In this study, physicians from California, USA, assessed possible racial-ethnic differences in hepatitis C presentation in an urban hepatitis clinic.
The team surveyed the clinic summary cards of patients with antibodies to hepatitis C virus seen between 1993 and 2000.
They evaluated a total of 1271 patients from 4 major racial-ethnic groups. Of the 1271 patients, 95 were Asian, 232 African American, 323 Caucasian, and 621 Latino.
The physicians found that Latino patients had higher serum alanine transaminase, aspartate transaminase, and bilirubin levels, compared to other patient groups. They also had lower serum albumin levels.
|Asian patients were more likely to be coinfected with hepatitis B virus.|
|Clinical Gastroenterology and Hepatology|
In addition, the team determined that Latino patients had the lowest rate of hepatitis B coinfection. They were significantly less likely to have normal serum ALT levels.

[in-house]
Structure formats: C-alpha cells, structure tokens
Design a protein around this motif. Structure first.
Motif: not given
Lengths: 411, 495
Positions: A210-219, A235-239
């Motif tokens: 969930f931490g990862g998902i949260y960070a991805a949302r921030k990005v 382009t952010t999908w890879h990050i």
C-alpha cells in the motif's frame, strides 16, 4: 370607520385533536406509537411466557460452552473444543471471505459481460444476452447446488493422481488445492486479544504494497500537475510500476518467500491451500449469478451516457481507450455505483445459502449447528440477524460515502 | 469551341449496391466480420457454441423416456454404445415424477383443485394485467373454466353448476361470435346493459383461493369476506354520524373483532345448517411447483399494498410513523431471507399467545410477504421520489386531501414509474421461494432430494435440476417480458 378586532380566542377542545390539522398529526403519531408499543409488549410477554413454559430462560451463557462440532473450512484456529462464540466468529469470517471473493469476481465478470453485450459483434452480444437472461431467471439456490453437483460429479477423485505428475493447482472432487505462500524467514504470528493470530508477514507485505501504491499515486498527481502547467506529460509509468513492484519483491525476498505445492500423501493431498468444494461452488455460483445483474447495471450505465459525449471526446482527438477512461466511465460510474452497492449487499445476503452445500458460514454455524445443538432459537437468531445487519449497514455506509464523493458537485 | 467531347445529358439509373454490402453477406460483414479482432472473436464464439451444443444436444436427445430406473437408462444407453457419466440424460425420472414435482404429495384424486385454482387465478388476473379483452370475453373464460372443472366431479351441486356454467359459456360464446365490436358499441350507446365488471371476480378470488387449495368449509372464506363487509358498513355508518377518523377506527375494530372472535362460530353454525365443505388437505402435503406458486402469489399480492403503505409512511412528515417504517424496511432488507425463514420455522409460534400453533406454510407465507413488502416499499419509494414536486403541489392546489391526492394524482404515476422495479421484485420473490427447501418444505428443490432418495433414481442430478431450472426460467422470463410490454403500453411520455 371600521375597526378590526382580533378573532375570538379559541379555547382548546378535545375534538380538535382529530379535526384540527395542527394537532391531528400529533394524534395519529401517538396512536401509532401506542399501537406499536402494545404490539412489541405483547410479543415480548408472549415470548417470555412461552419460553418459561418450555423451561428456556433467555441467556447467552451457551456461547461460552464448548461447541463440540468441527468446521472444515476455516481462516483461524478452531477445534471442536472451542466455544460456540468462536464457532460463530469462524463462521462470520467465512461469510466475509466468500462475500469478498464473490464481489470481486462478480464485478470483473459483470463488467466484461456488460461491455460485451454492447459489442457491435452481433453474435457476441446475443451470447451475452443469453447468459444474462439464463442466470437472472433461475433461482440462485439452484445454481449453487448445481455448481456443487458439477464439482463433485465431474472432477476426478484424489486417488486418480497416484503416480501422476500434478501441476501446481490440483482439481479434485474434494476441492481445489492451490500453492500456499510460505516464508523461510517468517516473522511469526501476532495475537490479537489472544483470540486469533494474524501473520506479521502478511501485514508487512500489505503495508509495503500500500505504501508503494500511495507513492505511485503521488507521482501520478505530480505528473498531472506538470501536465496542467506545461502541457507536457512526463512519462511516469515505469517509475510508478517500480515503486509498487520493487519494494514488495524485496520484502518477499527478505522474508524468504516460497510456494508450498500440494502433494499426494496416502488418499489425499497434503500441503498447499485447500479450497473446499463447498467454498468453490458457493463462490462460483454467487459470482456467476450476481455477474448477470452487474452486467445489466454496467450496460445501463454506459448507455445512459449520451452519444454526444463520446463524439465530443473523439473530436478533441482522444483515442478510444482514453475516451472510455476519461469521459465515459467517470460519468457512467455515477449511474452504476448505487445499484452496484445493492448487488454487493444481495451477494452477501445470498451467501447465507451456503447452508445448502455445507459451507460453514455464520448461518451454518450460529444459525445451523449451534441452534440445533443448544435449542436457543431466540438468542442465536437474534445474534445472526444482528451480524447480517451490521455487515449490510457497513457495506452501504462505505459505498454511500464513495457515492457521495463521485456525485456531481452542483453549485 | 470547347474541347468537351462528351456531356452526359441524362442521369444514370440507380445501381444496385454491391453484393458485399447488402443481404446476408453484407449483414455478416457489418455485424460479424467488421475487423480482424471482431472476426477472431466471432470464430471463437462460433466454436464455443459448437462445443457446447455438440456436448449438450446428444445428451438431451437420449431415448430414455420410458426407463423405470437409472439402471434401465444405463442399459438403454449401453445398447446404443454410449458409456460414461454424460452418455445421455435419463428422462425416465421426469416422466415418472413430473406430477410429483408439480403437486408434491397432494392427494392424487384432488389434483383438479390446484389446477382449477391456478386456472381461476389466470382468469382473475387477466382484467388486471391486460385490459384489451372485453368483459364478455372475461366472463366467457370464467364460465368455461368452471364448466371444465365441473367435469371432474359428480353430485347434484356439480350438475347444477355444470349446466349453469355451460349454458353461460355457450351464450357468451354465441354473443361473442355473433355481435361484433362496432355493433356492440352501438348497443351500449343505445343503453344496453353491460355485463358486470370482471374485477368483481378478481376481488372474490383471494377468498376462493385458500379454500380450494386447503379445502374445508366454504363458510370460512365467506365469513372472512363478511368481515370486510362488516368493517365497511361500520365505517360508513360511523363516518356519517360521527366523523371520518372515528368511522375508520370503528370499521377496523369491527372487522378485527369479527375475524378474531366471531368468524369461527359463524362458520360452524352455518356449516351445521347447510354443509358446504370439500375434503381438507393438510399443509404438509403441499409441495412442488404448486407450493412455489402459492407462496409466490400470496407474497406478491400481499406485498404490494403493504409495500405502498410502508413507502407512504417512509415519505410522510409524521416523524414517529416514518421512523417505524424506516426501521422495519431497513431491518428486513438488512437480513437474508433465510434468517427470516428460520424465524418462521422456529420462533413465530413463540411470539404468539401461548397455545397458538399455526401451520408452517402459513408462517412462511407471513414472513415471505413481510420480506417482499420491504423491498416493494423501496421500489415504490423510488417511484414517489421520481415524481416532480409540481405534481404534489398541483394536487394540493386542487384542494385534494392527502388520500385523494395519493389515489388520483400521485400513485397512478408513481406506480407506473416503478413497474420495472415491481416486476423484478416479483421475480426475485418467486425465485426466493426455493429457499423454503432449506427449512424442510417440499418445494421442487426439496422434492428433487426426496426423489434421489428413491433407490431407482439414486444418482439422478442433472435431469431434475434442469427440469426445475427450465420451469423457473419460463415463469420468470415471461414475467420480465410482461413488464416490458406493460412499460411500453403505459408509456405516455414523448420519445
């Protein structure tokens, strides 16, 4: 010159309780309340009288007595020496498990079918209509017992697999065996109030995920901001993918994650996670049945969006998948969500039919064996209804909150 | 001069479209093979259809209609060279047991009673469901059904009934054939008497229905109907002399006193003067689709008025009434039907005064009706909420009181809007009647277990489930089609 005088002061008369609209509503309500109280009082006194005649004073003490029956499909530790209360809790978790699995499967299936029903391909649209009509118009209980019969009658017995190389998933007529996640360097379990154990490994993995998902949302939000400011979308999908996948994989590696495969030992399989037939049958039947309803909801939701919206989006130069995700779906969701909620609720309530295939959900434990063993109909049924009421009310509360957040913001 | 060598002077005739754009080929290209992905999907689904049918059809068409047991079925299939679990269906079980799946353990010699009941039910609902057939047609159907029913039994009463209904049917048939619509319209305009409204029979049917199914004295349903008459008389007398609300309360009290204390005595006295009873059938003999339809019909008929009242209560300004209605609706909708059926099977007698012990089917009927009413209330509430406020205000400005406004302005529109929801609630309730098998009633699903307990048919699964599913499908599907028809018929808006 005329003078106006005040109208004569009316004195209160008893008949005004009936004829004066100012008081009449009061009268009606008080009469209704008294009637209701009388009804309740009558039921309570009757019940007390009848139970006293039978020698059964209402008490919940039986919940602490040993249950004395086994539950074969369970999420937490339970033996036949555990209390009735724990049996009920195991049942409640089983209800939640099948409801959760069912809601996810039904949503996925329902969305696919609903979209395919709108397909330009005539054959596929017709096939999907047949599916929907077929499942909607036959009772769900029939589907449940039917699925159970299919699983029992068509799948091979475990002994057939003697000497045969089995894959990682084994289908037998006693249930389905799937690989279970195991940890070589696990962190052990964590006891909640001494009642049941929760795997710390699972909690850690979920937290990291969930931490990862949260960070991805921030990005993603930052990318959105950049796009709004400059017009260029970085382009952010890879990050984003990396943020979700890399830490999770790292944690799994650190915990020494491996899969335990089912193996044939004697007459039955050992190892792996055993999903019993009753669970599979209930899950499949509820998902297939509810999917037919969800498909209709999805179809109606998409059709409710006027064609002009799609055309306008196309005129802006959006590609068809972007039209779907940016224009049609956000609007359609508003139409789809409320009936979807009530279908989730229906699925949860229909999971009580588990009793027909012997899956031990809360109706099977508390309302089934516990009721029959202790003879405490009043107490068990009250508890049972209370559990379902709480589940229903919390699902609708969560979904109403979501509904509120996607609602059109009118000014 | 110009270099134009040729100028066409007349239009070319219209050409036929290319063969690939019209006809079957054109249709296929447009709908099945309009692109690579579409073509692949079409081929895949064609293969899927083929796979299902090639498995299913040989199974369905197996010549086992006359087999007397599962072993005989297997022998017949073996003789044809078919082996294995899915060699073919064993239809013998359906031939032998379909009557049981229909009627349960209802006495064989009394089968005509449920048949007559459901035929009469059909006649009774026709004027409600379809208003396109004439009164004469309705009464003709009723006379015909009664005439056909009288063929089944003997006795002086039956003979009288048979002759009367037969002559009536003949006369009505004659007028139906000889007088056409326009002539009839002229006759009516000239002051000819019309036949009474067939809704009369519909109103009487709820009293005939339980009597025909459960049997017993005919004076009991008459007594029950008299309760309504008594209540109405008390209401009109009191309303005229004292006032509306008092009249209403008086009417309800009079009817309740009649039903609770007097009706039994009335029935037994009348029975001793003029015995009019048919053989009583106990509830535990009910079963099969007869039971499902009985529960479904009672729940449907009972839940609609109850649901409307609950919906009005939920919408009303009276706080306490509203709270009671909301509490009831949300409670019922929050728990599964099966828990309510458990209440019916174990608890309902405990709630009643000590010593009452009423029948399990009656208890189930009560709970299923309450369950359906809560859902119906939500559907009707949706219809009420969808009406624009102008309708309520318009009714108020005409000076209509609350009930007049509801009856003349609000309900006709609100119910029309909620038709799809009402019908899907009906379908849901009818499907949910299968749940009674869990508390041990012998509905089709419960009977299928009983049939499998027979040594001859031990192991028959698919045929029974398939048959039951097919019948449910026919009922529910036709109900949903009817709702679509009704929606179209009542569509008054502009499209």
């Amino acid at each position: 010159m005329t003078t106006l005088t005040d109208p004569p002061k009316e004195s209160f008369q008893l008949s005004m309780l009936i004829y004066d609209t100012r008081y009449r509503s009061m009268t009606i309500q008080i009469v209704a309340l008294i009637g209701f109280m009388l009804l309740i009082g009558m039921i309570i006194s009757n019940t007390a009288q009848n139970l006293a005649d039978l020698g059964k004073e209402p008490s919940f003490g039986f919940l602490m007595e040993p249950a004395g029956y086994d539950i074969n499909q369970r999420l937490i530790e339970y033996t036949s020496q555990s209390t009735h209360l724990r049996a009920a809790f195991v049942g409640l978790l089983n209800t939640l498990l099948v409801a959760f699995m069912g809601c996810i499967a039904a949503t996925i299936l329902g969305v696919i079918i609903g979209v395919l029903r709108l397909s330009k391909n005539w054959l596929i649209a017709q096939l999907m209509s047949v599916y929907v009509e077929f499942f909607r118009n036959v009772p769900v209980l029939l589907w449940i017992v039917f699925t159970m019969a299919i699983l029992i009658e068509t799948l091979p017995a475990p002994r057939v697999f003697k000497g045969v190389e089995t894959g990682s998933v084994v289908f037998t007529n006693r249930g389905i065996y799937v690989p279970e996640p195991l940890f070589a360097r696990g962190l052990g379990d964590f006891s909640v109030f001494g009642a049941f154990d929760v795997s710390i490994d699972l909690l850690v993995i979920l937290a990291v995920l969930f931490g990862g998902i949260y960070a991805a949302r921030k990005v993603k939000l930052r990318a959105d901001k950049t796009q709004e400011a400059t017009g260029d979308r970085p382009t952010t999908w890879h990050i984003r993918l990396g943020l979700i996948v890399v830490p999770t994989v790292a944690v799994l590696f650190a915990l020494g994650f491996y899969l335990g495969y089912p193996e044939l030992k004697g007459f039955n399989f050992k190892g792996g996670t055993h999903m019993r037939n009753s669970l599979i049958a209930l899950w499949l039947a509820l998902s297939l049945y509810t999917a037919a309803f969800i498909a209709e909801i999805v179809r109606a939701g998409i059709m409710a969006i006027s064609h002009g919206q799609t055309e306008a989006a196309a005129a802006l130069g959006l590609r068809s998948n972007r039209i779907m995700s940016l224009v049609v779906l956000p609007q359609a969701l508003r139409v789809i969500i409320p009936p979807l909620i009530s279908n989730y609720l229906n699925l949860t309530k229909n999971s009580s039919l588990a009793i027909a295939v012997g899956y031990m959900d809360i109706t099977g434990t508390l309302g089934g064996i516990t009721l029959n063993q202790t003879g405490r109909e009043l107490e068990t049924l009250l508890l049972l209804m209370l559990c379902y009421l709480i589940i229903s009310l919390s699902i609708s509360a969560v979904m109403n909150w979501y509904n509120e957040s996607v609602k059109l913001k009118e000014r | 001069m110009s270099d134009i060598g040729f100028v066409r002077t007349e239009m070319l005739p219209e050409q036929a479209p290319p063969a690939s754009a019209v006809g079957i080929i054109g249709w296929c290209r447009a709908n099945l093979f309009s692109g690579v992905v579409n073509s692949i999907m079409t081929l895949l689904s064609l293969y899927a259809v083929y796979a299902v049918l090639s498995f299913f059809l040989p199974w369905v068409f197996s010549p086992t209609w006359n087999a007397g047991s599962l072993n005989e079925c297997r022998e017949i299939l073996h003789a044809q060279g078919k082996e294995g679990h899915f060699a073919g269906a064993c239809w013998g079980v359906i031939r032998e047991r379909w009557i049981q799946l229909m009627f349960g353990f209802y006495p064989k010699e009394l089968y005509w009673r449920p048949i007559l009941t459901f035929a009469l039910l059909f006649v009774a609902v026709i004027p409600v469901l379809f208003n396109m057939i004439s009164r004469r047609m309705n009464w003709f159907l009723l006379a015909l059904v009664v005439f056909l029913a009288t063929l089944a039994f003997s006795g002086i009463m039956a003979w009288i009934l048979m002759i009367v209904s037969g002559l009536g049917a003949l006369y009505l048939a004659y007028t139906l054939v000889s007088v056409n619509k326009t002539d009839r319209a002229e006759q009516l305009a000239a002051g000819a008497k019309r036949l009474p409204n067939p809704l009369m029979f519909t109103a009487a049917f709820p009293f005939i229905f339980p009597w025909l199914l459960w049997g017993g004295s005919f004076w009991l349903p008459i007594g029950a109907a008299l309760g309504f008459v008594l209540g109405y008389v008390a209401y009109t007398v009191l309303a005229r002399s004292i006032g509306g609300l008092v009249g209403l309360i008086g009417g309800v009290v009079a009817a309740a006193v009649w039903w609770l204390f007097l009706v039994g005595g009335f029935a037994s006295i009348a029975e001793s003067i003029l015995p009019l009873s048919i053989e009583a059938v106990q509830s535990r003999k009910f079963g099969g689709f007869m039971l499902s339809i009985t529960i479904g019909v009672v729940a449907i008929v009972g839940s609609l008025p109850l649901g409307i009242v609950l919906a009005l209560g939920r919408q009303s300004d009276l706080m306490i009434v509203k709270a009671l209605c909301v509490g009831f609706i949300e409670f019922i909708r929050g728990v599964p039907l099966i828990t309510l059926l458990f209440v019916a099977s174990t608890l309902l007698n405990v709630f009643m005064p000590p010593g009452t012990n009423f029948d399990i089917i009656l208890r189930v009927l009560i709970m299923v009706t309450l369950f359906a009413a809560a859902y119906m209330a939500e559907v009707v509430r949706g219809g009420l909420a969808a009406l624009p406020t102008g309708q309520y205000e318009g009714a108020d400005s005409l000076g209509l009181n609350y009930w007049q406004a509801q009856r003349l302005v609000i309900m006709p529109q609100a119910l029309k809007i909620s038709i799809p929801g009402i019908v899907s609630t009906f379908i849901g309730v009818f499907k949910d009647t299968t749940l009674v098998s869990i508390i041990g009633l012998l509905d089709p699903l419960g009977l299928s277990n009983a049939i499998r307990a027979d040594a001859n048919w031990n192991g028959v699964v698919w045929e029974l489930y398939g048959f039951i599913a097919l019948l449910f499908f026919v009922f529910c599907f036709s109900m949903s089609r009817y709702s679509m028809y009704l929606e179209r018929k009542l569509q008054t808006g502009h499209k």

The physicians found that Asian patients were 10 years older than patients in other groups. They were also significantly more likely to be coinfected with hepatitis B virus.
Asian patients had an equal distribution of infected men and women whereas all other groups showed a male predominance.
The physicians established that injection drug use was a negligible cause of hepatitis C in Asian patients. However, this was a prevalent cause in Caucasian patients of both sexes and in African American and Latino men.
Dr Anne Celona and colleagues concluded, "Hepatitis C risk factors, sex distribution, and coinfection with hepatitis B vary by race-ethnicity".
"Latino patients showed statistically significant biochemical differences in alanine transaminase, aspartate transaminase, bilirubin, and albumin levels compared with all other racial-ethnic groups".
"Further studies are required to determine the possible causes for these biochemical differences".